February 10, 2017 FEA Europe Update
Lisa's FEA Europe Update
10 February 2017
Training Opportunity for Graduate Credit
Presidents' Day February 20, 2017
This Day in History
Quote for the Week
Training Opportunity for Graduate Credit: Due to popular request, FEA is very pleased to announce that two additional training opportunities are going available for our teachers. A course entitled "Leadership Skills in 21st Century Skills: LGBT Issues" will be offered in Wiesbaden the weekend of 05-07 May 2017 and in Stuttgart the weekend of 21-23 April 2017. A separate announcement with sign-up information will be sent to the FRSs in each complex. We appreciate the positive responses we have received and look forward to serving our members.
Thrift Savings Plan 2016 Annual Statements and 1099R Forms Now Available click here
10 Ways for Federal Employees to Maximize Their Future Social Security Benefits click here
OPM's Retirement Application Backlog Climbs More Than 50% in January click here
Transfer Round Completed: The transfer round has been completed. There were 143 transfer placements made for non-excessed employees. Of those, 136 were from Group A+ and seven from Group A. Forty three excessed educators were placed, leaving 10 excessed educators who still need placements. Please check www.feaonline.org, for additional information.
Presidents' Day February 20, 2017: Presidents' Day is an American holiday celebrated on the third Monday in February. Originally established in 1885 in recognition of President George Washington, it is still officially called "Washington's Birthday" by the federal government. Traditionally celebrated on February 22--Washington's actual day of birth--the holiday became popularly known as Presidents' Day after it was moved as part of 1971's Uniform Monday Holiday Act, an attempt to create more three-day weekends for the nation's workers. While several states still have individual holidays honoring the birthdays of Washington, Abraham Lincoln and other figures, Presidents' Day is now popularly viewed as a day to celebrate all U.S. presidents past and present. President's Day info
This Day in History: February 10, 1996: On this day in 1996, after three hours, world chess champion Garry Kasparov loses the first game of a six-game match against Deep Blue, an IBM computer capable of evaluating 200 million moves per second. Man was ultimately victorious over machine, however, as Kasparov bested Deep Blue in the match with three wins and two ties and took home the $400,000 prize. An estimated 6 million people worldwide followed the action on the Internet. Kasparov had previously defeated Deep Thought, the prototype for Deep Blue developed by IBM researchers in 1989, but he and other chess grandmasters had, on occasion, lost to computers in games that lasted an hour or less. The February 1996 contest was significant in that it represented the first time a human and a computer had duked it out in a regulation, six-game match, in which each player had two hours to make 40 moves, two hours to finish the next 20 moves and then another 60 minutes to wrap up the game. Kasparov, who was born in 1963 in Baku, Azerbaijan, became the Soviet Union's junior chess champion at age 13 and in 1985, at age 22, the youngest world champ ever when he beat legendary Soviet player Anatoly Karpov. Considered by many to be the greatest chess player in the history of the game, Kasparov was known for his swashbuckling style of play and his ability to switch tactics mid-game. In 1997, a rematch took place between Kasparov and an enhanced Deep Blue. Kasparov won the first game, the computer the second, with the next three games a draw. On May 11, 1997, Deep Blue came out on top with a surprising sixth game win--and the $700,000 match prize. In 2003, Kasparov battled another computer program, "Deep Junior." The match ended in a tie. Kasparov retired from professional chess in 2005.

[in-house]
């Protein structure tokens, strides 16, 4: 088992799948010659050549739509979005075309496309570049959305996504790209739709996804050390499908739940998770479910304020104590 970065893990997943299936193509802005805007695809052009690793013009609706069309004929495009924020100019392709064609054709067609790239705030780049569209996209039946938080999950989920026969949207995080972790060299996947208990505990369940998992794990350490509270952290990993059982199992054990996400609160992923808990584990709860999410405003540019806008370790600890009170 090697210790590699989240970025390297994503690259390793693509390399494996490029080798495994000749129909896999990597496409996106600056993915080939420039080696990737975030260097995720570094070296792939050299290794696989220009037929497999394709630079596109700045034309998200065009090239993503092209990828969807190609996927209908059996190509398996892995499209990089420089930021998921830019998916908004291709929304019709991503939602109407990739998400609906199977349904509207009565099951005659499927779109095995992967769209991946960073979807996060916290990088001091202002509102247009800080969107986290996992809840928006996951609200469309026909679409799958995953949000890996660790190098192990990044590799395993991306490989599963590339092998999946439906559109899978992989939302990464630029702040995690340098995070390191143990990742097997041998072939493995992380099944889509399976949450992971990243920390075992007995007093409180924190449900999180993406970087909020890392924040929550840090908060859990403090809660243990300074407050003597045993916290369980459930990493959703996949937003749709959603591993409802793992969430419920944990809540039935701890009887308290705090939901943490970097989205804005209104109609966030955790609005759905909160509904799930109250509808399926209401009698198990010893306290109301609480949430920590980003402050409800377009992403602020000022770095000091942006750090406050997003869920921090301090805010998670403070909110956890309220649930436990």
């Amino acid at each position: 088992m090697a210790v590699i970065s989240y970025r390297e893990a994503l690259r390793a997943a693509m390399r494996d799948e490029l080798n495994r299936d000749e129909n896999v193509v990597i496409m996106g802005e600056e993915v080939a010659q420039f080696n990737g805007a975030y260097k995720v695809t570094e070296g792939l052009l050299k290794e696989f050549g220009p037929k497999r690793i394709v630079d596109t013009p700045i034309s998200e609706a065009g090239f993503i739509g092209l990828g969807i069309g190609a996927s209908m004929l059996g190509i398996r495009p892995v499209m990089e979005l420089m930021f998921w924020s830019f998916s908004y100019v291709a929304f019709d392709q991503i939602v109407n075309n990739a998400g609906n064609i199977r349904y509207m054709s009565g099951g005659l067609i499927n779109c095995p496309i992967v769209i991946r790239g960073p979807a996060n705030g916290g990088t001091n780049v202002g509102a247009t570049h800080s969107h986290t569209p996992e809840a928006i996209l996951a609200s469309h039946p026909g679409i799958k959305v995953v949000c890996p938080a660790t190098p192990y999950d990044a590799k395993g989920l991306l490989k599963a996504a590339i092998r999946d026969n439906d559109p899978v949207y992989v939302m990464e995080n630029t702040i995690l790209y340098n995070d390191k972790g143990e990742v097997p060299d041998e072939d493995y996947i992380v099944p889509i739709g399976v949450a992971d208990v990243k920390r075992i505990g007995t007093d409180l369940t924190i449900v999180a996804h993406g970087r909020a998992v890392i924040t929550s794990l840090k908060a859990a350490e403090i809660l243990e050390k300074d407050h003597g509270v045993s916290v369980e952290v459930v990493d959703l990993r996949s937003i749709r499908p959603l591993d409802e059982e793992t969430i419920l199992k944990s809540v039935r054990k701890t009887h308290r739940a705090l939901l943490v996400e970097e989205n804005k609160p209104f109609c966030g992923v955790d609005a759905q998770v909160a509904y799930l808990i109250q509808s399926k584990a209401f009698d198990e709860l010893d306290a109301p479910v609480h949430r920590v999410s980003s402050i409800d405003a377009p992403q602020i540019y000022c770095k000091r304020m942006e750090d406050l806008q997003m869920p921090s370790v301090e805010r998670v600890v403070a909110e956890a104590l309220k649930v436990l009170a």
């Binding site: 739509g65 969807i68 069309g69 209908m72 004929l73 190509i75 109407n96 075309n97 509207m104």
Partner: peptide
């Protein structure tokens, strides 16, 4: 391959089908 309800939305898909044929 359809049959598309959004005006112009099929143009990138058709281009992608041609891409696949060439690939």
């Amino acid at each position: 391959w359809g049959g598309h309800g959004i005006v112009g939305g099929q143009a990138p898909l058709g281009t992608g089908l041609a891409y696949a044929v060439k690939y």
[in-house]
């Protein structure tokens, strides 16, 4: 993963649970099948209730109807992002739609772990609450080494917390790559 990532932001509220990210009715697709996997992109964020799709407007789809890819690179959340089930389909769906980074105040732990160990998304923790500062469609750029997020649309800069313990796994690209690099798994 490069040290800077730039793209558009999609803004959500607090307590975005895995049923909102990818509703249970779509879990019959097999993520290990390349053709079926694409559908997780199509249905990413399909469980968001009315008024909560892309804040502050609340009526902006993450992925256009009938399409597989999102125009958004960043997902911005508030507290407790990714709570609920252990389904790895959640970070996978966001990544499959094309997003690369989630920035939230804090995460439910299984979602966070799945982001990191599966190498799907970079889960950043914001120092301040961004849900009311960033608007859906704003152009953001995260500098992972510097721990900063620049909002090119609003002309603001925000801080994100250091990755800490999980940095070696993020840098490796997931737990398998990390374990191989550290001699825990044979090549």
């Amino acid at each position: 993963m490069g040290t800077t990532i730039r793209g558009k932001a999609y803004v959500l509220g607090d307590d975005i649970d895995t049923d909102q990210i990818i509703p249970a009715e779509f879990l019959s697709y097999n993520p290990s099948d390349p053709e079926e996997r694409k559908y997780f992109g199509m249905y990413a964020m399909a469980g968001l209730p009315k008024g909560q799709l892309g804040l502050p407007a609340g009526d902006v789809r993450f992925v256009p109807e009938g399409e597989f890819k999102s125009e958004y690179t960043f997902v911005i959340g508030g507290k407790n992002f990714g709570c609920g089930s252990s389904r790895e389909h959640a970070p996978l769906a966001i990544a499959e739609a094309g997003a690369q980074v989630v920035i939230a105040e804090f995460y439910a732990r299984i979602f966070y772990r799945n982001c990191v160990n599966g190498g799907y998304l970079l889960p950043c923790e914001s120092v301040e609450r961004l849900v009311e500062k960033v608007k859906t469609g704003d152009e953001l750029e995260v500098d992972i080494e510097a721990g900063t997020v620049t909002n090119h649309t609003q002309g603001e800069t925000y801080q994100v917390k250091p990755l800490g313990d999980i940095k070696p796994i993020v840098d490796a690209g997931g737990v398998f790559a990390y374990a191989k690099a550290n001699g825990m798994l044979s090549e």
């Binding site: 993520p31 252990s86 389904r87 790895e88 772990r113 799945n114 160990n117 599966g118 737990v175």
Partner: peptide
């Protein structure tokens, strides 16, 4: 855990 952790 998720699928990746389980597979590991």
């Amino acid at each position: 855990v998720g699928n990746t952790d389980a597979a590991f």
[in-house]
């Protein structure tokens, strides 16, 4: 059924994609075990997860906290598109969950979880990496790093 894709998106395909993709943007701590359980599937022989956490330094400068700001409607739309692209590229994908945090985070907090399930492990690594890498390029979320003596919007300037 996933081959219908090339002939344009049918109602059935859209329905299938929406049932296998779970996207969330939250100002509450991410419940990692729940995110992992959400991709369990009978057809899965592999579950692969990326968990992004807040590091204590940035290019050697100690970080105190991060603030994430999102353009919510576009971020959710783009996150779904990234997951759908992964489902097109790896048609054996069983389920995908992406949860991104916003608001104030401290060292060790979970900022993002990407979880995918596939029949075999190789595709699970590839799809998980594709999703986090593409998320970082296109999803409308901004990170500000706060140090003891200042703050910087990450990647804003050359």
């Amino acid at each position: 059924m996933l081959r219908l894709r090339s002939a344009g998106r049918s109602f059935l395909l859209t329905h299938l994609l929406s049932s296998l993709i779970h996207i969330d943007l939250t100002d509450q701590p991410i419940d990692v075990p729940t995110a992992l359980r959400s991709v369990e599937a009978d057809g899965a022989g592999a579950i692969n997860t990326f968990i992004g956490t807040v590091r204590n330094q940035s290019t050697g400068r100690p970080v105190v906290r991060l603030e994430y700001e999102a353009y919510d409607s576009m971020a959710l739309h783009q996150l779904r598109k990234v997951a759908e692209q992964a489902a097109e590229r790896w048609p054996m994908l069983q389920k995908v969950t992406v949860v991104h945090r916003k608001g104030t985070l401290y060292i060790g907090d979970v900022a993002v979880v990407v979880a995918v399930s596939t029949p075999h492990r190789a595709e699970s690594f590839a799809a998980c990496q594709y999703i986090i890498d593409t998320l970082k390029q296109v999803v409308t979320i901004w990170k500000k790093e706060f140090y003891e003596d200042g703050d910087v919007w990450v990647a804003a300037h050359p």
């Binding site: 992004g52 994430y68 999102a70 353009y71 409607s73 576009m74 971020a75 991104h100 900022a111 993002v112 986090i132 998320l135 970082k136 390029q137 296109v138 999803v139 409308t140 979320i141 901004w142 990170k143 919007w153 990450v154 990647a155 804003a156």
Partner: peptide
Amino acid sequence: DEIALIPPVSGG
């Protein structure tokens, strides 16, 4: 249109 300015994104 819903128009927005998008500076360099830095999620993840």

Quote for the Week: "It's great when your wisecracking chum can make an awful situation seem funny," ---Clues for Real Life The Classic Wit and Wisdom of Nancy Drew.
Pasta is Spanish for "money."
It is possible to travel by zip wire from Spain to Portugal.
For 14 years during the Napoleonic wars, the capital of Portugal was Rio de Janeiro.
Tempura was introduced to Japan by Portuguese missionaries in the 16th century.
The poem, Invictus, was written by the man who inspired the character of Long John Silver.
People who pirate music also buy more legal music than those who don't.
Barry Manilow's No. 1 hit, "I write the Songs" wasn't written by Barry Manilow.
When the Arctic Monkeys formed, none of them could play a musical instrument.
The real Maria von Trapp wasn't invited to the premiere of The Sound of Music.
Blackbeard was a pirate for two years.
Snails can sleep for three years.
The British army's Cyclist Corps lasted four years.
Five baby girls in the US in 2012 were named Cricket.
Before the invention of electricity, human beings slept for 90 minutes longer than they do now.
(From 1,411 Facts to Knock You Sideways)
Have a GREAT WEEKEND!
FEA Europe West Area Director
Isles, Wiesbaden, Stuttgart, Cuba